The anxiety, stress and worry brought on by COVID-19 is not limited to daytime hours. The pandemic is affecting our dreams as well, infusing more anxiety and negative emotions into dreams and spurring dreams about the virus itself, particularly among women, according to research published by the American Psychological Association.
In a special section in the journal Dreaming, researchers reported on the results of four studies from around the world about people’s dreams during the pandemic.
Previous research has suggested that our dreams often reflect what’s happening in our waking lives and that other crises–including war, natural disasters and terrorist attacks–have led to an increase in anxious dreams. The four studies in this special section found that the same is true of COVID-19.
“All of these studies support the continuity hypothesis of dreaming: That dreams are consistent with our waking concerns rather than being some outlet for compensation, as some older psychoanalytic theories had hypothesized,” said Deirdre Barrett, PhD, editor of Dreaming and an assistant professor of psychology in the Department of Psychiatry at Harvard Medical School.
Overall, the new studies also suggest that women’s dreams have been more strongly affected by the pandemic than men’s …
Possibly because women are bearing more of the burden of caregiving, job loss and other hardship Barrett suggested. “Dreams can help us understand our emotional reactions to the pandemic”.
For example, one mother in a study by Barrett dreamed that her child’s school contacted her to say that the child’s whole class was being sent to her condominium to be home-schooled for the duration of the pandemic.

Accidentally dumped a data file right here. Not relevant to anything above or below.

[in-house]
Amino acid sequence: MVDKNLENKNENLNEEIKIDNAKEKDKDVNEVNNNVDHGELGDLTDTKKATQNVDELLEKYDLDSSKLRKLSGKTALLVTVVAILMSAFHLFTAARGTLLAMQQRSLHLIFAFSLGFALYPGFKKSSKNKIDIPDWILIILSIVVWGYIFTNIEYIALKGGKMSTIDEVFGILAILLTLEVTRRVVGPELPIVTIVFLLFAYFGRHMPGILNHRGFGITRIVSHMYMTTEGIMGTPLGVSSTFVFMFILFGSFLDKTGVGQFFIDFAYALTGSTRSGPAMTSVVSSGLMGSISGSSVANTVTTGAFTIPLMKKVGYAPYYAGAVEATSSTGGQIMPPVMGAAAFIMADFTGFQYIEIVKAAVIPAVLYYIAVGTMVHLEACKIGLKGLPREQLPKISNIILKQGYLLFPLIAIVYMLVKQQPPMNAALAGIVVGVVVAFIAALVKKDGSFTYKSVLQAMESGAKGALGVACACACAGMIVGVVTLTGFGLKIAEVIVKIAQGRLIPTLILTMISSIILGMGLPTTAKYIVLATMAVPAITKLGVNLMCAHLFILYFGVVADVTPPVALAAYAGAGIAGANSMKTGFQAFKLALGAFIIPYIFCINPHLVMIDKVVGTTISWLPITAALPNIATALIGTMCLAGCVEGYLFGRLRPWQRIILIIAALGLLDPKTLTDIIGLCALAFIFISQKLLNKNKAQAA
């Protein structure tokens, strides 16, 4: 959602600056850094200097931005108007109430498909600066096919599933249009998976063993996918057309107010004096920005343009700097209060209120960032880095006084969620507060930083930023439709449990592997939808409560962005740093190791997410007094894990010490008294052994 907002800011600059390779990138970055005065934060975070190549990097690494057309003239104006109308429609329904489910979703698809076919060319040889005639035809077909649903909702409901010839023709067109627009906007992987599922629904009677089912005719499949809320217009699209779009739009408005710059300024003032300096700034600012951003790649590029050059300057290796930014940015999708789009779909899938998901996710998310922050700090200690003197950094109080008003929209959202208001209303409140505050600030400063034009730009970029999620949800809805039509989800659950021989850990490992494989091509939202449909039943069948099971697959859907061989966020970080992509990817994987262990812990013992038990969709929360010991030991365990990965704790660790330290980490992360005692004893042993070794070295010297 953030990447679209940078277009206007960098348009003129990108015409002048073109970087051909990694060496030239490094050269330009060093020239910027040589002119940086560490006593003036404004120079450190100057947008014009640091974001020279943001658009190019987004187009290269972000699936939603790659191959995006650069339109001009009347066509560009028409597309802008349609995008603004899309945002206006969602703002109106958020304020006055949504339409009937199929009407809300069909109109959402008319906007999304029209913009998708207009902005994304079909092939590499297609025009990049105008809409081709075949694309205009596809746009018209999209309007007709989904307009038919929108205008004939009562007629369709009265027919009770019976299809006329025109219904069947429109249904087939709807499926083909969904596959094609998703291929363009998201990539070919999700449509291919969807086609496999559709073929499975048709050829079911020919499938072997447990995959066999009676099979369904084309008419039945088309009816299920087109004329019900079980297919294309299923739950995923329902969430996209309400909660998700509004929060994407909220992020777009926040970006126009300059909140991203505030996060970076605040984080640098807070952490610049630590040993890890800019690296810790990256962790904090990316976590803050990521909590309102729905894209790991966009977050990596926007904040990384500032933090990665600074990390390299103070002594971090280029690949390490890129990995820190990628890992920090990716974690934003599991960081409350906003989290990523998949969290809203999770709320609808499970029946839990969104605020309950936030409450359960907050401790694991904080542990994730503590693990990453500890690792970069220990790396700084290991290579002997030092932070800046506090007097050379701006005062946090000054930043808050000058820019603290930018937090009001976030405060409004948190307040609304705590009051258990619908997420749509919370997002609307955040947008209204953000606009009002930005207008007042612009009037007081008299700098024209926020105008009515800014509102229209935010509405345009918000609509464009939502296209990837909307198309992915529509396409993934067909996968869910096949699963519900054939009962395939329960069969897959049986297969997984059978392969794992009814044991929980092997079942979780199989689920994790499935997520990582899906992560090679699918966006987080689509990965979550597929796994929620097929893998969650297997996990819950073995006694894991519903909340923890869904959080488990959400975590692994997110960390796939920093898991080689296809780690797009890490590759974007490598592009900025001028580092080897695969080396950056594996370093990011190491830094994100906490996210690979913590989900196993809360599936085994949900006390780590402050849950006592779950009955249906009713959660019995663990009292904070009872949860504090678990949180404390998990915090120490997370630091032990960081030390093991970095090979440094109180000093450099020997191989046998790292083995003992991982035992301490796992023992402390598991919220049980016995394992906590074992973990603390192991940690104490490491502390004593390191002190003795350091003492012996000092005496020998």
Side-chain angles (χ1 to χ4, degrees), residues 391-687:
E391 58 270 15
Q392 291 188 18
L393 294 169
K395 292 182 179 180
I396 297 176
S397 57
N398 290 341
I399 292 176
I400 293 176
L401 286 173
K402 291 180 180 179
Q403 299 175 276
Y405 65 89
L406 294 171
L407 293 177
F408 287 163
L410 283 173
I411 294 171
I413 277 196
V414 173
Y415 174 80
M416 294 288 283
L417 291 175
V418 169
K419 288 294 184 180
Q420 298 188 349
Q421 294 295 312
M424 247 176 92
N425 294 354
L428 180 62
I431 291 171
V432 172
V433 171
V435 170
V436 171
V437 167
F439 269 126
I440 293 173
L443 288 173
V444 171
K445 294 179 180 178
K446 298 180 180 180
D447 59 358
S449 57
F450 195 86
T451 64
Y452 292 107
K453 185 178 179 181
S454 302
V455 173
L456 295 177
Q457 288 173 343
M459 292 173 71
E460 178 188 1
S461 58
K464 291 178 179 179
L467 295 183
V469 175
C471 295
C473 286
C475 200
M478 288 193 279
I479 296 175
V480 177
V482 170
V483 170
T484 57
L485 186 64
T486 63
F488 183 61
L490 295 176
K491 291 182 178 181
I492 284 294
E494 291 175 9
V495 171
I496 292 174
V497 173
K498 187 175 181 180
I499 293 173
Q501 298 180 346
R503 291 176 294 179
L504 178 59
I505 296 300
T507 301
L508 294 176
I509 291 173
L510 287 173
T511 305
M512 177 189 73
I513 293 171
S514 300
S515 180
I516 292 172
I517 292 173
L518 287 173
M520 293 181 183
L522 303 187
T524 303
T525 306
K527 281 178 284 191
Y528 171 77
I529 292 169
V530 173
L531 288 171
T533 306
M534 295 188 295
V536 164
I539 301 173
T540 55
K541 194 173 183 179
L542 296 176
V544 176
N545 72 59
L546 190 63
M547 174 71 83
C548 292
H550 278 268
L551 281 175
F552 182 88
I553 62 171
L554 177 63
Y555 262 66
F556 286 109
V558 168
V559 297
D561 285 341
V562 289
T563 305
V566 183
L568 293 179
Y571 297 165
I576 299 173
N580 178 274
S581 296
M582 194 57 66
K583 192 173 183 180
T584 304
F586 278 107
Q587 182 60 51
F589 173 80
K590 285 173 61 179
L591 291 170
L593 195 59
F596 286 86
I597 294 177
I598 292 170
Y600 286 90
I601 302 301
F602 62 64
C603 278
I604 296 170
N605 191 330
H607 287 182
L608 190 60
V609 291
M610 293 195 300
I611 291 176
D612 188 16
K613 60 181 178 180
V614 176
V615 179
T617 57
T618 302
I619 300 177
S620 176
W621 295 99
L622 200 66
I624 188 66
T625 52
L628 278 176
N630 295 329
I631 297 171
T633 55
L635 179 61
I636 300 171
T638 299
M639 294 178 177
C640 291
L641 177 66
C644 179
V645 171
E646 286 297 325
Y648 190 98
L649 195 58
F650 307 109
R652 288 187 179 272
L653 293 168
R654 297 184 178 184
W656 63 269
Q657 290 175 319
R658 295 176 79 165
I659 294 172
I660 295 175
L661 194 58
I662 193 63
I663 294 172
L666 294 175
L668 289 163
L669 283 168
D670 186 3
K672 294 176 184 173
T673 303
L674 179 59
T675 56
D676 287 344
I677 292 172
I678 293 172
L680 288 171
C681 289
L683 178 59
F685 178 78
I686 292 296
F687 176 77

“When mothers of young children hear that dream, there is laughter but also usually a strong empathy at the overwhelmed feeling the dream dramatizes. Your dreams can make you more aware of just what about the pandemic is bothering you the most–and sharing them with trusted others is a good conversation-starter for talking about these shared feelings,” Barrett said.
Deirdre Barrett, PhD, Harvard University
Women’s dreams have been more negatively affected by COVID-19 than men’s dreams, according to this international study of 2,888 participants. The researcher asked online survey respondents to recount their dreams about the pandemic and then compared the responses to a database of dreams from before the pandemic. Overall, women showed significantly lower rates of positive emotions and higher levels of anxiety, sadness, anger and references to biological processes, health and death in their pandemic dreams compared with the pre-pandemic dreams. Men’s pandemic dreams showed slightly higher levels of negative emotions, anxiety and death than in pre-pandemic dreams, but the effects were less pronounced than they were for women.
This is an original article from September 2020 edition of Neuroscience News.
Edited by Seated Massage.